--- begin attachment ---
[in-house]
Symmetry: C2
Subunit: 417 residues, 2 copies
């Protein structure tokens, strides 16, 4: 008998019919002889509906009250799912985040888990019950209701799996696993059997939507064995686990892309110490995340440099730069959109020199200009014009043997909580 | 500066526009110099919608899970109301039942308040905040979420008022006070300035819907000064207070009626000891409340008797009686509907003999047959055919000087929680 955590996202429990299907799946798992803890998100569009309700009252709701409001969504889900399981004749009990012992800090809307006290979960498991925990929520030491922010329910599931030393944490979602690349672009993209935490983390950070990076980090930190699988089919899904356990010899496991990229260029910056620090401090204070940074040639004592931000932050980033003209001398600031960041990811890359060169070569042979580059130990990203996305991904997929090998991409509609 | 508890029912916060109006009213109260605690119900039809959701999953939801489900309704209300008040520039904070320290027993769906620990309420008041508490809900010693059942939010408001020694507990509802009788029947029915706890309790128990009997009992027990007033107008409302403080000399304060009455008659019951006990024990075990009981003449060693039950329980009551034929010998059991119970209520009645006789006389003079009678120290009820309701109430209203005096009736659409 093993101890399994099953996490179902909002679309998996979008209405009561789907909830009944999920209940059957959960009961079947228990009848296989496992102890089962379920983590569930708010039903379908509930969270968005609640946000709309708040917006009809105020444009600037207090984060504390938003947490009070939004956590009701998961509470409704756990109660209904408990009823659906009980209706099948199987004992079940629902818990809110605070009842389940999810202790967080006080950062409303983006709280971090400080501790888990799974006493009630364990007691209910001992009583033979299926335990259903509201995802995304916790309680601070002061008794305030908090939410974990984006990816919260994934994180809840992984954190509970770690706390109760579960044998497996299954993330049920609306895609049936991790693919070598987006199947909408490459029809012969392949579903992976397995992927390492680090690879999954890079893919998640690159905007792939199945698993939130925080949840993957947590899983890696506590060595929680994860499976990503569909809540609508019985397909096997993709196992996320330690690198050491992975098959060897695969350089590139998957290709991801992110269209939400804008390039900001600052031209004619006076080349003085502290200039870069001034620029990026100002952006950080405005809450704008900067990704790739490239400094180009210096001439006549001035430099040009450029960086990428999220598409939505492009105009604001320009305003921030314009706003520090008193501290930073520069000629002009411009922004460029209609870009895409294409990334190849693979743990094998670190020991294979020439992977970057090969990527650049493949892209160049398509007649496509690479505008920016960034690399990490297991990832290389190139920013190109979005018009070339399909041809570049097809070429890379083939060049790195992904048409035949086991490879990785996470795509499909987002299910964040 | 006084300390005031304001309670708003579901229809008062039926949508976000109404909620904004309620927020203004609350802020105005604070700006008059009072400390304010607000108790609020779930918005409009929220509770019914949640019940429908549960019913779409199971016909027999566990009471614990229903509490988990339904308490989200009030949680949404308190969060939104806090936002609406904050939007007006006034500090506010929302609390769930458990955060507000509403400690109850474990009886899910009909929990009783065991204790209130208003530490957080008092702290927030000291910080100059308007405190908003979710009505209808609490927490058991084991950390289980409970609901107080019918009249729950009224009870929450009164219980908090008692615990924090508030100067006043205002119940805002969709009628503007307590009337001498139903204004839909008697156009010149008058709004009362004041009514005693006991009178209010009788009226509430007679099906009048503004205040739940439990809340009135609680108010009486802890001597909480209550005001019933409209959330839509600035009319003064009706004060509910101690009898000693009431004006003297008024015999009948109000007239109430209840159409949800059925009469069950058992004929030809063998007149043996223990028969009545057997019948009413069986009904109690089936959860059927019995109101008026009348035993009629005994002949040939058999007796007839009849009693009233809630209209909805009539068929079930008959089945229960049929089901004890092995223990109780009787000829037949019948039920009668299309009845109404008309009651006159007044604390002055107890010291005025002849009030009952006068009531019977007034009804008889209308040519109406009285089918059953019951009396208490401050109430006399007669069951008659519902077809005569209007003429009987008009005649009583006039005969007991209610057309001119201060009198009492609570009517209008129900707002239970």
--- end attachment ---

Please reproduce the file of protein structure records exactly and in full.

[in-house]
Symmetry: C2
Subunit: 417 residues, 2 copies
């Protein structure tokens, strides 16, 4: 008998019919002889509906009250799912985040888990019950209701799996696993059997939507064995686990892309110490995340440099730069959109020199200009014009043997909580 | 500066526009110099919608899970109301039942308040905040979420008022006070300035819907000064207070009626000891409340008797009686509907003999047959055919000087929680 955590996202429990299907799946798992803890998100569009309700009252709701409001969504889900399981004749009990012992800090809307006290979960498991925990929520030491922010329910599931030393944490979602690349672009993209935490983390950070990076980090930190699988089919899904356990010899496991990229260029910056620090401090204070940074040639004592931000932050980033003209001398600031960041990811890359060169070569042979580059130990990203996305991904997929090998991409509609 | 508890029912916060109006009213109260605690119900039809959701999953939801489900309704209300008040520039904070320290027993769906620990309420008041508490809900010693059942939010408001020694507990509802009788029947029915706890309790128990009997009992027990007033107008409302403080000399304060009455008659019951006990024990075990009981003449060693039950329980009551034929010998059991119970209520009645006789006389003079009678120290009820309701109430209203005096009736659409 093993101890399994099953996490179902909002679309998996979008209405009561789907909830009944999920209940059957959960009961079947228990009848296989496992102890089962379920983590569930708010039903379908509930969270968005609640946000709309708040917006009809105020444009600037207090984060504390938003947490009070939004956590009701998961509470409704756990109660209904408990009823659906009980209706099948199987004992079940629902818990809110605070009842389940999810202790967080006080950062409303983006709280971090400080501790888990799974006493009630364990007691209910001992009583033979299926335990259903509201995802995304916790309680601070002061008794305030908090939410974990984006990816919260994934994180809840992984954190509970770690706390109760579960044998497996299954993330049920609306895609049936991790693919070598987006199947909408490459029809012969392949579903992976397995992927390492680090690879999954890079893919998640690159905007792939199945698993939130925080949840993957947590899983890696506590060595929680994860499976990503569909809540609508019985397909096997993709196992996320330690690198050491992975098959060897695969350089590139998957290709991801992110269209939400804008390039900001600052031209004619006076080349003085502290200039870069001034620029990026100002952006950080405005809450704008900067990704790739490239400094180009210096001439006549001035430099040009450029960086990428999220598409939505492009105009604001320009305003921030314009706003520090008193501290930073520069000629002009411009922004460029209609870009895409294409990334190849693979743990094998670190020991294979020439992977970057090969990527650049493949892209160049398509007649496509690479505008920016960034690399990490297991990832290389190139920013190109979005018009070339399909041809570049097809070429890379083939060049790195992904048409035949086991490879990785996470795509499909987002299910964040 | 006084300390005031304001309670708003579901229809008062039926949508976000109404909620904004309620927020203004609350802020105005604070700006008059009072400390304010607000108790609020779930918005409009929220509770019914949640019940429908549960019913779409199971016909027999566990009471614990229903509490988990339904308490989200009030949680949404308190969060939104806090936002609406904050939007007006006034500090506010929302609390769930458990955060507000509403400690109850474990009886899910009909929990009783065991204790209130208003530490957080008092702290927030000291910080100059308007405190908003979710009505209808609490927490058991084991950390289980409970609901107080019918009249729950009224009870929450009164219980908090008692615990924090508030100067006043205002119940805002969709009628503007307590009337001498139903204004839909008697156009010149008058709004009362004041009514005693006991009178209010009788009226509430007679099906009048503004205040739940439990809340009135609680108010009486802890001597909480209550005001019933409209959330839509600035009319003064009706004060509910101690009898000693009431004006003297008024015999009948109000007239109430209840159409949800059925009469069950058992004929030809063998007149043996223990028969009545057997019948009413069986009904109690089936959860059927019995109101008026009348035993009629005994002949040939058999007796007839009849009693009233809630209209909805009539068929079930008959089945229960049929089901004890092995223990109780009787000829037949019948039920009668299309009845109404008309009651006159007044604390002055107890010291005025002849009030009952006068009531019977007034009804008889209308040519109406009285089918059953019951009396208490401050109430006399007669069951008659519902077809005569209007003429009987008009005649009583006039005969007991209610057309001119201060009198009492609570009517209008129900707002239970």